posted on Jan, 28 2013 @ 10:20 PM
I found this article on yahoo, and I think it presents an interesting quandary. A kind of "damned if you do, and damned if you don't" type
When Janet Milliken, 59, moved from California after her husband died, she had hoped to start a new life with her two teenage children in
Pennsylvania near her family.
She bought a home in Thornton, Pa., for $610,000 in June 2007. She learned a few weeks after she moved in from a next-door neighbor that a
murder-suicide had occurred the year before in her home.
She sued the seller and the real estate agent for fraud and misrepresentation, saying they made a "deliberate choice not to disclose the home's recent
past," according to a court document.
In addition, I think this next part of the story should be taken into consideration...
Rayne said Milliken, 59, was "disturbed" when she learned of her home's history from a neighbor. "As she was struggling what and if to tell the
kids," he said, her children's friends visited the home for Halloween and told the children about the murder-suicide. "They were very upset upon
learning about it and disturbed about the whole situation," Rayne said. "They were dealing with the death of a father and husband and wanted to move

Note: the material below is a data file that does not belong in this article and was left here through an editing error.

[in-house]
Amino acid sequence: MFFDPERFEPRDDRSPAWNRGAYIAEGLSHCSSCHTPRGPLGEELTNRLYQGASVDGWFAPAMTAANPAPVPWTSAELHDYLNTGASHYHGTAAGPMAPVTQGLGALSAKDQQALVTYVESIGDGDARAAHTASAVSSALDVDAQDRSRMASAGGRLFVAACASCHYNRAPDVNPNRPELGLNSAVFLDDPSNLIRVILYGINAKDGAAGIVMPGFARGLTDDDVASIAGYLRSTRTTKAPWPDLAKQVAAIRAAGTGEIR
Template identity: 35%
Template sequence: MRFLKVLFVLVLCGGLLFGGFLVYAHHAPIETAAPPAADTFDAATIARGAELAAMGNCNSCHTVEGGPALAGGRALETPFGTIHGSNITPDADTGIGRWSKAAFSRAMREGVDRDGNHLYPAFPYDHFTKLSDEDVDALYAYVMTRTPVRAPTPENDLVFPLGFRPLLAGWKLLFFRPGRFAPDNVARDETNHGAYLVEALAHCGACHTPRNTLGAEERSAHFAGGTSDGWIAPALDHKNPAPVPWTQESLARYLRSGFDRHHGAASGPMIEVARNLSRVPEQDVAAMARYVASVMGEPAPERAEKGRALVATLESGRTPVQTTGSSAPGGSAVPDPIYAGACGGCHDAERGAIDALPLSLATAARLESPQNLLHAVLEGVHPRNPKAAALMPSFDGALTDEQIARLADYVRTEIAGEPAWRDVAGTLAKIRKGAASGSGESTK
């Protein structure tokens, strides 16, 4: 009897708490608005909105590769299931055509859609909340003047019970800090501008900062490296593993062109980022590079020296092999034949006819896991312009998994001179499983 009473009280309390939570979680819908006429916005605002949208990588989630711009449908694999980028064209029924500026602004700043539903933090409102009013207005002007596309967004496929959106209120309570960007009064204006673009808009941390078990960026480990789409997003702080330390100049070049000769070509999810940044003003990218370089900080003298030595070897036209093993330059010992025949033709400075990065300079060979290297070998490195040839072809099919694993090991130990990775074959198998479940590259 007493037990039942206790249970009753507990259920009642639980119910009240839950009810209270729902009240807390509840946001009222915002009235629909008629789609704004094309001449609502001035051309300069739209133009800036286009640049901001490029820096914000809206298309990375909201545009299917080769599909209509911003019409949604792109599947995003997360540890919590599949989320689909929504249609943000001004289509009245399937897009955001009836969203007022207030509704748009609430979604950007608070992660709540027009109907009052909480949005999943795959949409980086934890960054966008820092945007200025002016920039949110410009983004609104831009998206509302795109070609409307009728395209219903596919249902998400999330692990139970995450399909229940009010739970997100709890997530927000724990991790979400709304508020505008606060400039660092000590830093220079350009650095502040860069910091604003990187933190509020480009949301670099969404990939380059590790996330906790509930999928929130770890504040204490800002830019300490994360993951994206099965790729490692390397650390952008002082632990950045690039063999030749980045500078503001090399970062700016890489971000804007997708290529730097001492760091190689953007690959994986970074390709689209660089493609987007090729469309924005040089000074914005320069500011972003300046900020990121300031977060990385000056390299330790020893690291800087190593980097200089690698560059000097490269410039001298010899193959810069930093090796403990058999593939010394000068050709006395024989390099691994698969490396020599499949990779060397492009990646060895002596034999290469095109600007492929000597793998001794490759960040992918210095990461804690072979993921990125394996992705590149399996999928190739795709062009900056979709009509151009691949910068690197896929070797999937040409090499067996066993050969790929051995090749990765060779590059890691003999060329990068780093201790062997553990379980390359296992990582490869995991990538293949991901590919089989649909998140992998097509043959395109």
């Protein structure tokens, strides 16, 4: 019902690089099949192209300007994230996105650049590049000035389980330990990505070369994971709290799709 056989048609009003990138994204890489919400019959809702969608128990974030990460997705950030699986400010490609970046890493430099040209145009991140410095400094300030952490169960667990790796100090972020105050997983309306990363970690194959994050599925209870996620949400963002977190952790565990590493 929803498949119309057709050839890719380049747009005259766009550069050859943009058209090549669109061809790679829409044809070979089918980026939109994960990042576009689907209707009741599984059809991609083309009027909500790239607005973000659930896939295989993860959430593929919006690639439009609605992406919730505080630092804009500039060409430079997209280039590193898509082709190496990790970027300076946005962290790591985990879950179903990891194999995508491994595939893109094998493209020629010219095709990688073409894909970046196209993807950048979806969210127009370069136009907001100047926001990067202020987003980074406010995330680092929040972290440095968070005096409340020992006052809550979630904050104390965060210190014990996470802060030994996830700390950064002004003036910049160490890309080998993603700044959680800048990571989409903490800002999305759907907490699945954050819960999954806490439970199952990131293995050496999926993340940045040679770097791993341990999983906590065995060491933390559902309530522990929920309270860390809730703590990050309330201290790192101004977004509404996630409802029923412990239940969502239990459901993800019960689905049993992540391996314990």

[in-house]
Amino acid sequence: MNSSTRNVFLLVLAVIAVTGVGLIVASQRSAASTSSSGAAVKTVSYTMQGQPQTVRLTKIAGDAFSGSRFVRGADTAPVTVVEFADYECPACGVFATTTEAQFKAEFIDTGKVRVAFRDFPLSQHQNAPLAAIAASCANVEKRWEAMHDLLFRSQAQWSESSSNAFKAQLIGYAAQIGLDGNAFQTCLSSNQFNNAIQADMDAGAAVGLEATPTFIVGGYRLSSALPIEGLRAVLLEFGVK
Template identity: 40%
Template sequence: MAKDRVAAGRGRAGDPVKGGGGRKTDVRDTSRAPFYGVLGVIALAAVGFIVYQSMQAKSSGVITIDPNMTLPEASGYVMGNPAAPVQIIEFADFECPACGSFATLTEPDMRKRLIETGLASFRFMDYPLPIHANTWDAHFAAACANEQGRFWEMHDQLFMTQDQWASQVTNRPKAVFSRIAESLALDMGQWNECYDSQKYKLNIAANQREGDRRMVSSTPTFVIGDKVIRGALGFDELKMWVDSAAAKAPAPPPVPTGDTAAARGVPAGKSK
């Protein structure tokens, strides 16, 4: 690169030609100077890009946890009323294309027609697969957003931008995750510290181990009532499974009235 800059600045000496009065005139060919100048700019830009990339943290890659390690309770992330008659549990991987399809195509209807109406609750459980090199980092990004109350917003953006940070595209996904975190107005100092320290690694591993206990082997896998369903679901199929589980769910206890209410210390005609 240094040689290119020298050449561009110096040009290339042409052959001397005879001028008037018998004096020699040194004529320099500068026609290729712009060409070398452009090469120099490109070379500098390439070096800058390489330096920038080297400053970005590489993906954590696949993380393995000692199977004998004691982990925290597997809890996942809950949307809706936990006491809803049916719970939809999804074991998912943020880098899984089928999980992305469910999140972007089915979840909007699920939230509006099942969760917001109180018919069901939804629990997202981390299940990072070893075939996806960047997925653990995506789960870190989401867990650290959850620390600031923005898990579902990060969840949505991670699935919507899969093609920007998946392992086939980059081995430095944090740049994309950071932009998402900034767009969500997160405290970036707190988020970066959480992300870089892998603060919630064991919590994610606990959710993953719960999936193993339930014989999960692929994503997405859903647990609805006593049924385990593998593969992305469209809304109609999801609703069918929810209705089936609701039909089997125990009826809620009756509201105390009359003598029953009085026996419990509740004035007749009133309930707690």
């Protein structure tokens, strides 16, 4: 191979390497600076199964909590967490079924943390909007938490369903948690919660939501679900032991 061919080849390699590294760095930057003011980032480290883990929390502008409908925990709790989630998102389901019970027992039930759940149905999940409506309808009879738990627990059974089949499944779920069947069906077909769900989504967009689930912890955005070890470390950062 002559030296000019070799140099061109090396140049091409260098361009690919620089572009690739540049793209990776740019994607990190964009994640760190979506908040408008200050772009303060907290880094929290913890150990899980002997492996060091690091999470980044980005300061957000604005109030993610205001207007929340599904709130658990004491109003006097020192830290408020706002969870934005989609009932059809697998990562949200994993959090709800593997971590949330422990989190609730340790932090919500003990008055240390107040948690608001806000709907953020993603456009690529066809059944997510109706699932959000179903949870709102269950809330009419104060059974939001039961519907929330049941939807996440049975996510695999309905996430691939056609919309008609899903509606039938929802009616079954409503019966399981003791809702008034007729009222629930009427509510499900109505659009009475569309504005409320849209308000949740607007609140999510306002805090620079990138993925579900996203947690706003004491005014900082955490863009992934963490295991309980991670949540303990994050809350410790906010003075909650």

closer to family, and then this happened to them," he said. "It was a tragedy all around."
The trial judge granted summary judgment in favor of the defendants, saying state law does not require agents to disclose such events.
The home in question.
OK. In my opinion, the reason this law isn't already on the books is because the state is worried about having unsaleable houses in more upscale
neighborhoods. This could hurt real estate prices, and lower the value of houses surrounding it as well. Buyers frequently look at houses around the
one they're purchasing, and vacant houses can add to the problem. Especially if they have a violent past.
So between the real estate brokers, and the local government, they've decided to keep things like this hush so as not to scare off potential buyers,
and lower values.
I'm curious to know how ATS feels about this scenario. Is it unethical to conceal a homes past in cases like these? Or do you feel it's justified to
let the buyer find out on their own after the sale has been made?
edit on 1/28/2013 by Klassified because: eta and
edit on 1/28/2013 by Klassified because: clarity
edit on 1/28/2013 by Klassified because: